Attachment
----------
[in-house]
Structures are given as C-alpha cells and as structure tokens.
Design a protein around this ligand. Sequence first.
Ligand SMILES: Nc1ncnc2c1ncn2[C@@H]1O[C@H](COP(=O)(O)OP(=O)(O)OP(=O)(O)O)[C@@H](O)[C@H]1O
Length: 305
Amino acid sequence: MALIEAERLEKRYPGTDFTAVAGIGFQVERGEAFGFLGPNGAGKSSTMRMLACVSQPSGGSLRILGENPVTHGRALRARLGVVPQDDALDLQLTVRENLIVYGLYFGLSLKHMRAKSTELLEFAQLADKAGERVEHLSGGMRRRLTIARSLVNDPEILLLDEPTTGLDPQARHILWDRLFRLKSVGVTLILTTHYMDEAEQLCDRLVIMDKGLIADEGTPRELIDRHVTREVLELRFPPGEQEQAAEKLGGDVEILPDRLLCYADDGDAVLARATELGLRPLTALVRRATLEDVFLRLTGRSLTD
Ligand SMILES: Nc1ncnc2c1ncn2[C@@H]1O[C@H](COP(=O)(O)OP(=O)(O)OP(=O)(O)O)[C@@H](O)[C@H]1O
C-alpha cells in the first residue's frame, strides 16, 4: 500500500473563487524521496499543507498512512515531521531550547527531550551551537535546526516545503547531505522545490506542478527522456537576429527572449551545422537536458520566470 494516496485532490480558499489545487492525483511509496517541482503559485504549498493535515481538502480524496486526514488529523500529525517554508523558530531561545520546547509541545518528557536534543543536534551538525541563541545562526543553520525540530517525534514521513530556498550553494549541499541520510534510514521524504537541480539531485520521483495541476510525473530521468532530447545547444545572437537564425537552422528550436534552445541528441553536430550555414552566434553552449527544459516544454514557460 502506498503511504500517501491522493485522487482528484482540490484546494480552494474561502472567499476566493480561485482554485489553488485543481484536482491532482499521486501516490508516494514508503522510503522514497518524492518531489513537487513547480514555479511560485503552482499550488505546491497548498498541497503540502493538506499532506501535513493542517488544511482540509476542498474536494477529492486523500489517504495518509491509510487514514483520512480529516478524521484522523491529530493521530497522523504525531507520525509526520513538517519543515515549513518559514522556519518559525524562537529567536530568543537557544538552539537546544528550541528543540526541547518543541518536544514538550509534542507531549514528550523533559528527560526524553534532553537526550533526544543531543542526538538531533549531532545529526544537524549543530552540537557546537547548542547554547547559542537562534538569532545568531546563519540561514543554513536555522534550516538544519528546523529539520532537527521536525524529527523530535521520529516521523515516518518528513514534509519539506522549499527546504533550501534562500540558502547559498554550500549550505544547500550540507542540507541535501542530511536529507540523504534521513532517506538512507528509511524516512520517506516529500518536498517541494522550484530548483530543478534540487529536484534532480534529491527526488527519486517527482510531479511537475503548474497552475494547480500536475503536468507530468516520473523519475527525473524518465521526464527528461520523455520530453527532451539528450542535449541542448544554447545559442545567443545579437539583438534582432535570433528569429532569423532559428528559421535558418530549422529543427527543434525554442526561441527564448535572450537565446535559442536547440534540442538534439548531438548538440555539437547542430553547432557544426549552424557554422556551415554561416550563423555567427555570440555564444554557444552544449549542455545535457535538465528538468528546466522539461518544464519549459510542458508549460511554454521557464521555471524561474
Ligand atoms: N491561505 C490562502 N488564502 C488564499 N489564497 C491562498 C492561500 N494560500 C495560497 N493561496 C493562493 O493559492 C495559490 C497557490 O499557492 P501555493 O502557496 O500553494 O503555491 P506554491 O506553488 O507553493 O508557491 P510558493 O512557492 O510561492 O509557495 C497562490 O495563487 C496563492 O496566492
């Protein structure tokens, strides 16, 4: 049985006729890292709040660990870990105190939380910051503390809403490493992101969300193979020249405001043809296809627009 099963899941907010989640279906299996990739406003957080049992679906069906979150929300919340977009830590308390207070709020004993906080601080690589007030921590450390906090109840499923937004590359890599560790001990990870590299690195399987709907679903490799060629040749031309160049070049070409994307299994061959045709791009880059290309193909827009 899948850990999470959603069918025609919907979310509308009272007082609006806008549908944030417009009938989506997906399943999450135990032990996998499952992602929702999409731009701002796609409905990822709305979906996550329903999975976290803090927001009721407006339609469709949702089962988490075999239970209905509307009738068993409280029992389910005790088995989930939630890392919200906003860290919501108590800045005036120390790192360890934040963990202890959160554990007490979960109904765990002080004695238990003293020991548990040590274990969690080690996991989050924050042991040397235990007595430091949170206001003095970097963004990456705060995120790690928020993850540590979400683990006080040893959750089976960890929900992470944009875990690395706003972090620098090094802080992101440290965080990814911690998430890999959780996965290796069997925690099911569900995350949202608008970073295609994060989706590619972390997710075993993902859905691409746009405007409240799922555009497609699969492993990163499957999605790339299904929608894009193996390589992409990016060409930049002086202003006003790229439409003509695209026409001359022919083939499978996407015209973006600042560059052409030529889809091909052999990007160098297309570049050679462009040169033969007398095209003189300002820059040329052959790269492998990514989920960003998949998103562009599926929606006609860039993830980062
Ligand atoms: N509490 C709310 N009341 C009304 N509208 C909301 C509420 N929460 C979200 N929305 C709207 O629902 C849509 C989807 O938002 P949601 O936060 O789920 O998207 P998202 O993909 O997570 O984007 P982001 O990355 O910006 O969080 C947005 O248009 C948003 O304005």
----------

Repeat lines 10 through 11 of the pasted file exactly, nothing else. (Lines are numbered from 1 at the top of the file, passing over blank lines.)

């Protein structure tokens, strides 16, 4: 049985006729890292709040660990870990105190939380910051503390809403490493992101969300193979020249405001043809296809627009 099963899941907010989640279906299996990739406003957080049992679906069906979150929300919340977009830590308390207070709020004993906080601080690589007030921590450390906090109840499923937004590359890599560790001990990870590299690195399987709907679903490799060629040749031309160049070049070409994307299994061959045709791009880059290309193909827009 899948850990999470959603069918025609919907979310509308009272007082609006806008549908944030417009009938989506997906399943999450135990032990996998499952992602929702999409731009701002796609409905990822709305979906996550329903999975976290803090927001009721407006339609469709949702089962988490075999239970209905509307009738068993409280029992389910005790088995989930939630890392919200906003860290919501108590800045005036120390790192360890934040963990202890959160554990007490979960109904765990002080004695238990003293020991548990040590274990969690080690996991989050924050042991040397235990007595430091949170206001003095970097963004990456705060995120790690928020993850540590979400683990006080040893959750089976960890929900992470944009875990690395706003972090620098090094802080992101440290965080990814911690998430890999959780996965290796069997925690099911569900995350949202608008970073295609994060989706590619972390997710075993993902859905691409746009405007409240799922555009497609699969492993990163499957999605790339299904929608894009193996390589992409990016060409930049002086202003006003790229439409003509695209026409001359022919083939499978996407015209973006600042560059052409030529889809091909052999990007160098297309570049050679462009040169033969007398095209003189300002820059040329052959790269492998990514989920960003998949998103562009599926929606006609860039993830980062
Ligand atoms: N509490 C709310 N009341 C009304 N509208 C909301 C509420 N929460 C979200 N929305 C709207 O629902 C849509 C989807 O938002 P949601 O936060 O789920 O998207 P998202 O993909 O997570 O984007 P982001 O990355 O910006 O969080 C947005 O248009 C948003 O304005």